3 Random VariablesA random variable (RV) is a real valued function whose domain is a sample space.- We will usually denote random variables by X, Y, Z and their respective values by x, y, z
4 Random Variables Discrete Random Variables •Random variables that take on a finite (or countable) number of values.–Sum of two dice (2,3,4,…,12)–Number of children (0,1,2,…)–Number in attendance at the movies–Number of hired employees- Number of students coming to classContinuous Random Variables•Random variables that take on values in a continuum or infinitely many values.–Height–Weight–TimeTime you can hold your breathLifetime of your cell phone batter
5 Random Variables X P(x) 0 1/16 1 4/16 2 6/16 3 4/16 4 1/16 Toss a fair coin 4 times. Suppose we are interested in the random variable X = number of heads.Outcome CombinationT T T T C0T T T H C1T H H T 4C2T H H H 4C3H H H H C4X P(x)0 1/161 4/162 6/163 4/164 1/16
6 Probability Mass Function (PMF) The values on the right of the table above are called the Probability Mass Function of the random variable X :The probability of x = the probability(X = one specific x)A probability mass function (p.m.f) is a function which describes the probabilities a discrete type random variable will take on for any given value. They can be used to calculate the probabilities corresponding to an event relating to a random variable.
7 Probability Mass Function (PMF) We can take the PMF, graph it, and display it in the form of a histogram.
8 Probability Mass Function (PMF) xf(x)21/3632/3643/3654/3665/3676/3689101112P(X < 4) =P(3 < x < 8) =P(3 ≤ x ≤ 8) =
9 Probability Mass Function (PMF) xf(x)21/3632/3643/3654/3665/3676/3689101112P(x < 8 | x < 10) =P(x > 3) =P(4 < x < 7 | x < 9) =
10 Basic Properties of a PMF (PMFs are nonnegative)2. There are only finitely (or countably infinitely many) x’s for which:3.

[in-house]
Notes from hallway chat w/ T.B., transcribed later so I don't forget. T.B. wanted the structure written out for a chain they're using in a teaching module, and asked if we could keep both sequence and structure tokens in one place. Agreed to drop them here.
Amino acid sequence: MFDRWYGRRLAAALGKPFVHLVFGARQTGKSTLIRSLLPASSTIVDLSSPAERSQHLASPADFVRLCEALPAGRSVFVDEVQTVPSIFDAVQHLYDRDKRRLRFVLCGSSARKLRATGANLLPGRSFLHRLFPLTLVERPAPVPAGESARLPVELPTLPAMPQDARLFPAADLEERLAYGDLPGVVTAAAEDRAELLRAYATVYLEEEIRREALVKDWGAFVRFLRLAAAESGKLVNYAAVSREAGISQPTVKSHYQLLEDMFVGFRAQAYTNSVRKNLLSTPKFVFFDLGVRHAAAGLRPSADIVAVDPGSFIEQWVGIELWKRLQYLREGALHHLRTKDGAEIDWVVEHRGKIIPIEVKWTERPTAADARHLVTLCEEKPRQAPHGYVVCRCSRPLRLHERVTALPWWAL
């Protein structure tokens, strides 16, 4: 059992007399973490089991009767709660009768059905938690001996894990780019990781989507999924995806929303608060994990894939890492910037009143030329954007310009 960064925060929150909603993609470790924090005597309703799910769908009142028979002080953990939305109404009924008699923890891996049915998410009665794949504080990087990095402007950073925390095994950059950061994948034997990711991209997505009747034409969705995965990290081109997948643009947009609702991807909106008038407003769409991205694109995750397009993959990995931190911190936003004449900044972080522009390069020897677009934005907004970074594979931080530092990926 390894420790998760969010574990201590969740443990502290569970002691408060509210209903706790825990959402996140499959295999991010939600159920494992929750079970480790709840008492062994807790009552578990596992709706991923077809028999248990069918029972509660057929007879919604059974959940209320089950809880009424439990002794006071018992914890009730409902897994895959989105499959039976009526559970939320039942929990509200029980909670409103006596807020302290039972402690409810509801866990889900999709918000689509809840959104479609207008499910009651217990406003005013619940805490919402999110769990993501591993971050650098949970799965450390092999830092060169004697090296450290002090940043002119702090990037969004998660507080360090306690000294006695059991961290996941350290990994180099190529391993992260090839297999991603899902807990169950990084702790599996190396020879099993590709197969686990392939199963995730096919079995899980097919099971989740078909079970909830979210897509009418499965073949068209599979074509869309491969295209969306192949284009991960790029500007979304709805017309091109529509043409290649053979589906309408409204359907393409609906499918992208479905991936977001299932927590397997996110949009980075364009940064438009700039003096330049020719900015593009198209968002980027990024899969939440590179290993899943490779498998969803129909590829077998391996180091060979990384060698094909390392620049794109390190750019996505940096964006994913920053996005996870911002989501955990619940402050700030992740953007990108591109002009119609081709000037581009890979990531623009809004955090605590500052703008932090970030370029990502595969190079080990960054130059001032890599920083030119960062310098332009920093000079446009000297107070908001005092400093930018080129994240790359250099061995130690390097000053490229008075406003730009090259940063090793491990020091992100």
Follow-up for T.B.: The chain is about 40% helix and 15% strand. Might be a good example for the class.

11 Fundamental Probability Formula How do you compute probabilities for a random variable X?Welll….. We have the PMF that tell us the probability that the random variable X takes on the specific value x. Sometimes, you may be interested in a whole range of possible values of X.For instance, the Pr(1 ≤ x≤ 3)
12 ExampleI toss a fair coin 4 times. What the probability of getting at most two most?P(x ≤ 2) = ?P(x ≥ 1) = 1 – P(x=0) = 1 - 1/16 = 15/16X P(x)0 1/161 4/162 6/163 4/164 1/16
13 ExampleI can also write this PMF as a function rather than a chart:X P(x)0 1/161 4/162 6/163 4/164 1/16For x = 0For x = 1For x = 2For x = 3For x =otherwise
14 Fundamental Probability Formula Suppose X is a discrete RV and that A is a set of real numbers. Then:In words: the sum of the probability mass function over all possible value you are interested in
15 Practice Problem #1A partially eaten bag of M&M’s contains 2 red, 5 blue, and 3 green M&M’s. You and your buddy decide to place a bet.You will choose two M&M’s at random without replacement. For every red M&M you win $5, for every green M&M you win $1 and you do not win anything for a blue M&M.Let X be the amount of money you will win.
16 Practice Problem #1 [2 red, 5 blue, and 3 green M&M’s….pick two] Let X be the amount of money you will win. Begin by writing down the PMF:ColorsXp(x)R and R101/45R and G62*3 = 6/45R and B52*5 = 10/46B and G15*3 = 15/45B and B5C2 = 10/45G and G23C2 = 3/45
17 Practice Problem #1What is the probability you will win at least five dollars?P(X ≥ 5) = 1/45 + 6/ /45 = 17/45ColorsXp(x)R and R101/45R and G62*3 = 6/45R and B52*5 = 10/46G and G23C2 = 3/45B and G15*3 = 15/45B and B5C2 = 10/45
18 Practice Problem #1If you win something, what is the probability it will be worth at least five dollars??P(X ≥ 5 | X ≠ 0) =
19 Practice Problem #1b E(X)= E(X)2= E(X2)= X p(x) 10 1/45 6 6/45 5 10/46 15/4510/4523/45
20 Practice Problem #2aIn a simple game, two fair coins are tossed and the payoff is to be determined from the outcome. The payoff strategy is as follows:Win $5 for each head, lose $10 for two tails.Let X denote your winnings if you play this game once.
21 Practice Problem #2a Win $5 for each head, lose $10 for two tails. Write out the PMF for x:X p(x)2 heads /41 tail, 1 head 5 1/22 tails ¼E(X) = 10(1/4) + 5(1/2) – 10(1/4) = 2.5
22 Practice Problem #2bIn a simple game, two fair coins are tossed and the payoff is to be determined from the outcome. The payoff strategy is as follows:Lose $5 for two tailsWin $5 for two differentLose $10 for two headsLet X denote your winnings if you play this game once.
23 Practice Problem #2b Calculate the PMF for this payoff strategy: Calculate the expected payoff E(X) =Which payoff would you rather play with, a or b, and why??
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